(In my previous blog I highlighted few points regarding factors to examine before deciding on a BI solution. Please click the link to read it in case you missed it)

Part #2 Tips for a Successful Proof of Concept:

Tips for a successful POC

  • Address future requirements as well as current ones.
  • Consult with your own IT professionals.
  • Refuse to invest a lot of money in a POC.
  • Focus on BI dashboard capabilities –don’t get distracted by pretty visuals.

Address Current & Future Requirements:

Most BI vendors insist that you predefine your requirements in order to have a successful project or POC. The problem is, it’s almost impossible to know your future requirements in advance.

BI requirements are highly dynamic as businesses are constantly changing, and business users always need to refine and adjust their requirements. Today’s analysis is only relevant for a short period of time before becoming obsolete.

Bottom line: Focus the POC on the ability to meet ad-hoc requirements, not just a set of fixed reports that may be irrelevant by the time the BI implementation project ends.

Consult with Your Own IT Professionals

Business professionals that are frustrated by not being able to extract relevant data quickly and independently will often look for a BI solution that cuts IT completely out of the loop.

Though you should look for a BI solution that requires minimal IT involvement. It is still highly recommended to consult your IT professionals about technical topics, such as scalability, integration cycles and so forth.

Bottom line: The vendor has no interest in sharing the technicalities that make their BI solution more complicated, and these are some of the issues that can trip up the success of any project.

Refuse to Invest a Lot of Money in a POC

Some BI vendors promise you the world, but demand significant upfront investment to prepare the projects, hardware and software for a POC –all before you even run one report on your actual data.

Don’t agree to this. Demand to have at least one solid BI report or BI dashboard running over your own data before you agree to any financial commitment.

Bottom line: If a BI vendor is not willing to work with you before you put money down, it’s probably because they’d have to spend weeks on development before delivering anything. Meaning, this vendor is either selling archaic technology or is misleading you about the capabilities of their Business Intelligence tools.

Focus on Capabilities-Don’t Get Distracted by Pretty Visuals

The biggest mistake buyers make is to judge a BI vendor based on their shiny and pretty BI dashboard samples. Visualization software components are a dime a dozen.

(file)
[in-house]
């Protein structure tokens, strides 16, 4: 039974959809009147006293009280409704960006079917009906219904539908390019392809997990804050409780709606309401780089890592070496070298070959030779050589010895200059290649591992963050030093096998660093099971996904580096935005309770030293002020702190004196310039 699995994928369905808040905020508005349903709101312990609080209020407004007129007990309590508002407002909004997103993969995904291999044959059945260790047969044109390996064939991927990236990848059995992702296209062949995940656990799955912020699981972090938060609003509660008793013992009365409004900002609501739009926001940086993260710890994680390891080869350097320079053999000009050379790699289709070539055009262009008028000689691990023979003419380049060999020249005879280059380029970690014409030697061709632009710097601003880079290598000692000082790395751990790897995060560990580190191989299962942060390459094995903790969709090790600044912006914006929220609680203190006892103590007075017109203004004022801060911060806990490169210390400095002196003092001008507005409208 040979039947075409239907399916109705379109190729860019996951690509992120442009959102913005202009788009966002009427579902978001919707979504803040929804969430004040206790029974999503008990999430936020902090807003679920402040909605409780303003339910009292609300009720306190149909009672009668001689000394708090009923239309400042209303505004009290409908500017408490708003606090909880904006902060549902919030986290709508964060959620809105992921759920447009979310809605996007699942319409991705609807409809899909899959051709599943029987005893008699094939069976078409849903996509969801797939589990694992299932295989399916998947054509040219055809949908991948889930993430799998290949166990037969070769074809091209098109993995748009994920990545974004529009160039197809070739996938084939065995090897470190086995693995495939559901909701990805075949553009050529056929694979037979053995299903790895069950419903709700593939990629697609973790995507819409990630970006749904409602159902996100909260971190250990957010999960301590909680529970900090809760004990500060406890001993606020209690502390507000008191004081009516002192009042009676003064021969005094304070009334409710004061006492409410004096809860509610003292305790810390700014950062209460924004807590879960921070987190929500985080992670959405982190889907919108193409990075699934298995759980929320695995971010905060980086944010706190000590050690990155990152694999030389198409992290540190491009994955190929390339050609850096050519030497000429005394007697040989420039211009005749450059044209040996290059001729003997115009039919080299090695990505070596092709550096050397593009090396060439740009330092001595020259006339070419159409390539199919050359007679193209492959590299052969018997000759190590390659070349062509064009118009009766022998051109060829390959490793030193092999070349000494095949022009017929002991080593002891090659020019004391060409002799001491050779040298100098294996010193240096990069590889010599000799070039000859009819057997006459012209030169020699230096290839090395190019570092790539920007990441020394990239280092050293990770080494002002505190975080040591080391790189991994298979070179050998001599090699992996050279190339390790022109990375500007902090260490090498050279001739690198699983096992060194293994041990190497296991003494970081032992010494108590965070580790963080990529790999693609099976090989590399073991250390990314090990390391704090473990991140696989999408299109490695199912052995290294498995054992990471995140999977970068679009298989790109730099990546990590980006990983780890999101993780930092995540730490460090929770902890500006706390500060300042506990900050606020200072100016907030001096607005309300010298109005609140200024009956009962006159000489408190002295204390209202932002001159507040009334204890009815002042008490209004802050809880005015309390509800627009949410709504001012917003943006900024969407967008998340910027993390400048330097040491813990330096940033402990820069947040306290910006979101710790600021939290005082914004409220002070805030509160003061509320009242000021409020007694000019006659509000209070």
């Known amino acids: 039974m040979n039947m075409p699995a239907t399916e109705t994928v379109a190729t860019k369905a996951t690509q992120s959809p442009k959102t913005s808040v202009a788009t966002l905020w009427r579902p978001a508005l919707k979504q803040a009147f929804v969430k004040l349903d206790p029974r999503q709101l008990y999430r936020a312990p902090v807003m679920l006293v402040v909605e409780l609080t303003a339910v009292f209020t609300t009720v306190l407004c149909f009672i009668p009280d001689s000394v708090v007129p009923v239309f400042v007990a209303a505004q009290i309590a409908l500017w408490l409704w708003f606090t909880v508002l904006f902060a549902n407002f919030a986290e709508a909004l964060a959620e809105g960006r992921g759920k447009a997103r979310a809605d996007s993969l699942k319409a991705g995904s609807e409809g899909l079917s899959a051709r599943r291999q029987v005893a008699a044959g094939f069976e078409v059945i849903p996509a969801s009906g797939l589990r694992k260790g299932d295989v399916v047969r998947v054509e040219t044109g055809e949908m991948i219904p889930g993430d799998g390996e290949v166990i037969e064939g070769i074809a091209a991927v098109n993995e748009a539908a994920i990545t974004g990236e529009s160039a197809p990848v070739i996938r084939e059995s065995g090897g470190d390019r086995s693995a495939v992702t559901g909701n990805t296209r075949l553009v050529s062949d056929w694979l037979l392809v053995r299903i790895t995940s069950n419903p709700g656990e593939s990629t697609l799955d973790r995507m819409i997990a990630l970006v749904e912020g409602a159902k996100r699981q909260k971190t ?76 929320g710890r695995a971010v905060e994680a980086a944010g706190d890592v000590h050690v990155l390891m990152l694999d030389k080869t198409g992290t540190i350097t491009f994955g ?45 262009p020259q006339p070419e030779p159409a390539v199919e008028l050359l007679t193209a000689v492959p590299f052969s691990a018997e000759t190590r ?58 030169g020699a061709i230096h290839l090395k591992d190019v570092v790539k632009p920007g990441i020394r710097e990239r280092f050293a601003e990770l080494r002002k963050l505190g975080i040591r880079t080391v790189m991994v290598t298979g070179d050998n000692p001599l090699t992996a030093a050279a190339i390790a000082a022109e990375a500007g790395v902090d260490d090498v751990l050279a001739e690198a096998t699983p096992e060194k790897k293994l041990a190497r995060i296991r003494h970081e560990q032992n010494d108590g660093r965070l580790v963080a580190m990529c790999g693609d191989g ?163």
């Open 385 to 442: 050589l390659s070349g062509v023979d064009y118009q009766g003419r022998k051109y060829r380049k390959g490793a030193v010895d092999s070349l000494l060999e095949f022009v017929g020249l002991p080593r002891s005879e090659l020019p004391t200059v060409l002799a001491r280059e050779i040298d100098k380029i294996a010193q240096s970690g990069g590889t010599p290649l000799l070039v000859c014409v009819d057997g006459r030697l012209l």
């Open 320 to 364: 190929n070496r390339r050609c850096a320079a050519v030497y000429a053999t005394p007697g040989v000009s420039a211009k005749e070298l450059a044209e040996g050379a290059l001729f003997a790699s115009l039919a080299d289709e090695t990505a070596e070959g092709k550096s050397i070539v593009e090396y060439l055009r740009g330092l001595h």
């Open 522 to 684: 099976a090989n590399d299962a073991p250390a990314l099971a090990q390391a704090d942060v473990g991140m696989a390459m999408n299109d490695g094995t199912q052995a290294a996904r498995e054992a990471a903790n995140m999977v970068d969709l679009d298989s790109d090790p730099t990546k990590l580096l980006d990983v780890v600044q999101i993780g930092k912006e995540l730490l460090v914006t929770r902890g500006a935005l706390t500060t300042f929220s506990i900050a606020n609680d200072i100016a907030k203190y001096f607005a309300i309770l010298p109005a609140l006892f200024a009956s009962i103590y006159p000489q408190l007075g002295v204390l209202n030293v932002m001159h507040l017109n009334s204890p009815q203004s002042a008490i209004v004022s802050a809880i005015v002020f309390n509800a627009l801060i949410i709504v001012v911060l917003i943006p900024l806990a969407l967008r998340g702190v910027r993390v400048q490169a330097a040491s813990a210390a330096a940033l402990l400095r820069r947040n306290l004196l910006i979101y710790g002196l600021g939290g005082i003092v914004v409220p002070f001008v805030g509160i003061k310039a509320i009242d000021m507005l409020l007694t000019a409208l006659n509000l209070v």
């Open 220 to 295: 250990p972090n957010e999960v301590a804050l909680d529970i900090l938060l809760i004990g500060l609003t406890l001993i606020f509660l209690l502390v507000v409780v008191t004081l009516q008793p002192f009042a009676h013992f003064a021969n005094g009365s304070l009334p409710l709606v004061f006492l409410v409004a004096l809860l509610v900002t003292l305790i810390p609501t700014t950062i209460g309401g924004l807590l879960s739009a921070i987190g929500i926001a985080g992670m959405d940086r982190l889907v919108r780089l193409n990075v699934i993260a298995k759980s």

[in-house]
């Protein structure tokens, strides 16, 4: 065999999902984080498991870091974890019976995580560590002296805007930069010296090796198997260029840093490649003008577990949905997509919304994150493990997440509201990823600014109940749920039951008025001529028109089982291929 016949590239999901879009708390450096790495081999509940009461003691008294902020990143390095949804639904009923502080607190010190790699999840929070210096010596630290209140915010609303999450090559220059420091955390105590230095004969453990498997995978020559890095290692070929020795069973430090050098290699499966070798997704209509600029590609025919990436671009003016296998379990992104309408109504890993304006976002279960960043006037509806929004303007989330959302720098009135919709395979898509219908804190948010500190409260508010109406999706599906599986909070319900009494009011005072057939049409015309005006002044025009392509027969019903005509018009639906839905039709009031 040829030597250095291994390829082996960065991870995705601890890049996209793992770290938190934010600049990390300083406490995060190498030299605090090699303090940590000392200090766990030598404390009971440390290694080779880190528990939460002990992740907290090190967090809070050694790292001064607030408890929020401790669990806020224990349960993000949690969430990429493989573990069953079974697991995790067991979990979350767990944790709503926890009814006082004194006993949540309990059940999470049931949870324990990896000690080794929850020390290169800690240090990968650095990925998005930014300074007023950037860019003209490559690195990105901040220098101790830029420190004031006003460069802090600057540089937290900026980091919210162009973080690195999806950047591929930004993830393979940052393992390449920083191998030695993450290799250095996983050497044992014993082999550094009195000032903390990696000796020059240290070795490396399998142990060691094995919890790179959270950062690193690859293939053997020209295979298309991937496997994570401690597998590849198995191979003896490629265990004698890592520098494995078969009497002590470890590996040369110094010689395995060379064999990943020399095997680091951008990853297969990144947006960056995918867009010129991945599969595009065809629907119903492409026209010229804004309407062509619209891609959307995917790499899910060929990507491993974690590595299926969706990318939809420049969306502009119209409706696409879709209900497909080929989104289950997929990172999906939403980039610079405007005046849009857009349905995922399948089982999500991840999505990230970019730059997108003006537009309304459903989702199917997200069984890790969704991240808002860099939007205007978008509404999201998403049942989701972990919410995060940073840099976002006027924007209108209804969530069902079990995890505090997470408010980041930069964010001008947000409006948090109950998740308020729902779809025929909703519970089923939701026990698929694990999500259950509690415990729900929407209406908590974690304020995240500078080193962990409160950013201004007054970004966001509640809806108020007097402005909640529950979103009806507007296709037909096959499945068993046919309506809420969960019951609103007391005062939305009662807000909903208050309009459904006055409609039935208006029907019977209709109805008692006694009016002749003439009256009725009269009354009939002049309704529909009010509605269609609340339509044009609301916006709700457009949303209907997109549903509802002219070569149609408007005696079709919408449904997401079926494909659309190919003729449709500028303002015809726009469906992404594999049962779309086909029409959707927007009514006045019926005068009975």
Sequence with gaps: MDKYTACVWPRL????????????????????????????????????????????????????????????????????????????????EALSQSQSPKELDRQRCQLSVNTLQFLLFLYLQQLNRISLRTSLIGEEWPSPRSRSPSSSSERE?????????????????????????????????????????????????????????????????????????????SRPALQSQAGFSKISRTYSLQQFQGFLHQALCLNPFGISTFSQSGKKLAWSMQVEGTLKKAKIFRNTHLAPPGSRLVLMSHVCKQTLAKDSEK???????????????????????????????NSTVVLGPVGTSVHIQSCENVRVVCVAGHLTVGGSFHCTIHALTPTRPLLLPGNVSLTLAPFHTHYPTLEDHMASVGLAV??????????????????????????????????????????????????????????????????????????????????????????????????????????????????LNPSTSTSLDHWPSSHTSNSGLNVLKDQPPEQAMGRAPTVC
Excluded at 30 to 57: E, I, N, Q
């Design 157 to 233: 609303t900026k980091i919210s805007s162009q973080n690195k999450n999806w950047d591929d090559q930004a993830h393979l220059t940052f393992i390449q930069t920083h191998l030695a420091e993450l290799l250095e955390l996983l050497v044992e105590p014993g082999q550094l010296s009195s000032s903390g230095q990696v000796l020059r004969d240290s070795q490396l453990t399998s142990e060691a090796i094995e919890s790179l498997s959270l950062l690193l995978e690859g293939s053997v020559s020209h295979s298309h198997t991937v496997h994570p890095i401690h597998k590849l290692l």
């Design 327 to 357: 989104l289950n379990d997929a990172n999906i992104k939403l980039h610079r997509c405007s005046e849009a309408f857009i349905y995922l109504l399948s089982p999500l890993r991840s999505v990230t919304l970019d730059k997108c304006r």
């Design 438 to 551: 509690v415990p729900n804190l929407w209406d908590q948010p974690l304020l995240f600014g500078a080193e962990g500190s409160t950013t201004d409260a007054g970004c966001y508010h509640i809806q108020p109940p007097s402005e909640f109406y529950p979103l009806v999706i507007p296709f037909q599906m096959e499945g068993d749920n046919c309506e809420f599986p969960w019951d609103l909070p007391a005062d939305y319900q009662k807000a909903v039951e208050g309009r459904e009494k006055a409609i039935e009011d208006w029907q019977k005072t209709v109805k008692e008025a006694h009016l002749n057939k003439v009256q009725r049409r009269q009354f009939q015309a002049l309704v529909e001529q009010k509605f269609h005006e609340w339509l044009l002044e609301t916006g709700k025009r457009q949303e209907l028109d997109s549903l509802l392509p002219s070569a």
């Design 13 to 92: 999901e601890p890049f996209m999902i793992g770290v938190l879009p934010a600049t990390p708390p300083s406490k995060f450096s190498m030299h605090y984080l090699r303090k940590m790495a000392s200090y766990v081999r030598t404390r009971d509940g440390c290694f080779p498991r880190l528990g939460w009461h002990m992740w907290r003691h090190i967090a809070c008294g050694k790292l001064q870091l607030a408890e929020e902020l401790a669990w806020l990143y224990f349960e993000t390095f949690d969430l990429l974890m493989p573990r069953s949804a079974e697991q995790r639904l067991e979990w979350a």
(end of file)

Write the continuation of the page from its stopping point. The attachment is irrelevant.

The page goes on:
The real challenge is easily creating and customizing BI dashboards that show your own data –no matter how big your data is, and even when it’s scattered across multiple data sources.

Bottom line: If a BI vendor can’t get your own data to display in dynamic and creative ways within just a few days, you should probably find a better one.

How to avoid the pitfalls?

Here’s the best piece of advice: Always ask for a proof of concept (POC) that connects to your real data sources.


What common challenges do organizations face when implementing BI software?

Organizations often struggle with data quality issues, integration complexities, user adoption hurdles, and aligning business objectives with technical capabilities. Additionally, inadequate planning, lack of stakeholder buy-in, and underestimating resource requirements are common challenges.

How can a proof-of-concept help mitigate risks during BI software implementation?

A proof of concept allows organizations to evaluate the BI software’s capabilities in a controlled environment before committing to full-scale deployment. It helps identify potential pitfalls early on, validates the solution’s suitability for specific business needs, and provides insights into implementation challenges and requirements.

What are some key factors to consider when planning a proof of concept for BI software?

It’s essential to define clear objectives, success criteria, and scope for the proof of concept. Identify relevant use cases that demonstrate the software’s capabilities and align with organizational goals. Ensure access to representative data sets and involve stakeholders from different departments to gather diverse perspectives.

How can organizations ensure successful user adoption of BI software following a proof of concept?

User involvement and feedback during the proof-of-concept stage are crucial for driving adoption. Engage end-users early in the process to understand their needs and preferences. Provide adequate training and support resources to empower users to leverage the BI software effectively. Additionally, communicate the benefits and value proposition of the software to foster enthusiasm among users.

What are some warning signs that indicate a proof of concept for BI software may not be successful?

Delays in achieving milestones, persistent technical issues, and lack of alignment between expected outcomes and observed results are red flags that warrant attention. Resistance from stakeholders or users, insufficient support from the vendor, and escalating costs beyond initial estimates are also indicators of potential challenges. Regular monitoring and open communication can help address issues proactively.

Milan Desai as a Chief Technology Officer has more than 20 years of industry experience in working with clients to solve business problems. Passionate about leveraging technology for improving the quality of life and optimize the use of resources. Currently, working on utilizing data to drive business decision making process and user understanding of key metrics that drive the organization and markets in general. Chief Technology Officer of EzDataMunch – the first BI Apps store in the world.

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